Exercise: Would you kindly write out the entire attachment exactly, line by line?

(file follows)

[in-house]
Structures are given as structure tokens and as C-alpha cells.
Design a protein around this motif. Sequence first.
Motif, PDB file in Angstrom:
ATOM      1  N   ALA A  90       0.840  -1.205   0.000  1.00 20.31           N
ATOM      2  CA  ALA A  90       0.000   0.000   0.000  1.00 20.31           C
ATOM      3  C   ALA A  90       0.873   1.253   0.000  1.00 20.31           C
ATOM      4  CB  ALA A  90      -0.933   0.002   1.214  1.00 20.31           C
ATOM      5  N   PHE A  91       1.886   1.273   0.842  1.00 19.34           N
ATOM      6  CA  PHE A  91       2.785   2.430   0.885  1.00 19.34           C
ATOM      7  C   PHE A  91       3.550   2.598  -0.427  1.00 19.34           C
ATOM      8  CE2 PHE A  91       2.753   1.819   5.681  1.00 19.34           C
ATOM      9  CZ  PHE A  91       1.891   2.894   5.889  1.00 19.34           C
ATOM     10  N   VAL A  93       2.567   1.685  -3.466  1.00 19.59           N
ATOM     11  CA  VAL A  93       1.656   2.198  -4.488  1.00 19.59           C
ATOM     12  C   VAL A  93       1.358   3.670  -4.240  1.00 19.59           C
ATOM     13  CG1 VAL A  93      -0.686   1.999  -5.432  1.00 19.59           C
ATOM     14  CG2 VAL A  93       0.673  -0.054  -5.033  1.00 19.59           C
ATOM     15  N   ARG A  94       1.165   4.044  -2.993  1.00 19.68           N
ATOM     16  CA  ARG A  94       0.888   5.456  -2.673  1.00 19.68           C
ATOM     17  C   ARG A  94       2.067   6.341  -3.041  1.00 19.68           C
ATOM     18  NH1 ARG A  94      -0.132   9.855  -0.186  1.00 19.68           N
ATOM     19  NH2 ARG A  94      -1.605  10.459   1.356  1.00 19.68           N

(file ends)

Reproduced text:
[in-house]
Structures are given as structure tokens and as C-alpha cells.
Design a protein around this motif. Sequence first.
Motif, PDB file in Angstrom:
ATOM      1  N   ALA A  90       0.840  -1.205   0.000  1.00 20.31           N
ATOM      2  CA  ALA A  90       0.000   0.000   0.000  1.00 20.31           C
ATOM      3  C   ALA A  90       0.873   1.253   0.000  1.00 20.31           C
ATOM      4  CB  ALA A  90      -0.933   0.002   1.214  1.00 20.31           C
ATOM      5  N   PHE A  91       1.886   1.273   0.842  1.00 19.34           N
ATOM      6  CA  PHE A  91       2.785   2.430   0.885  1.00 19.34           C
ATOM      7  C   PHE A  91       3.550   2.598  -0.427  1.00 19.34           C
ATOM      8  CE2 PHE A  91       2.753   1.819   5.681  1.00 19.34           C
ATOM      9  CZ  PHE A  91       1.891   2.894   5.889  1.00 19.34           C
ATOM     10  N   VAL A  93       2.567   1.685  -3.466  1.00 19.59           N
ATOM     11  CA  VAL A  93       1.656   2.198  -4.488  1.00 19.59           C
ATOM     12  C   VAL A  93       1.358   3.670  -4.240  1.00 19.59           C
ATOM     13  CG1 VAL A  93      -0.686   1.999  -5.432  1.00 19.59           C
ATOM     14  CG2 VAL A  93       0.673  -0.054  -5.033  1.00 19.59           C
ATOM     15  N   ARG A  94       1.165   4.044  -2.993  1.00 19.68           N
ATOM     16  CA  ARG A  94       0.888   5.456  -2.673  1.00 19.68           C
ATOM     17  C   ARG A  94       2.067   6.341  -3.041  1.00 19.68           C
ATOM     18  NH1 ARG A  94      -0.132   9.855  -0.186  1.00 19.68           N
ATOM     19  NH2 ARG A  94      -1.605  10.459   1.356  1.00 19.68           N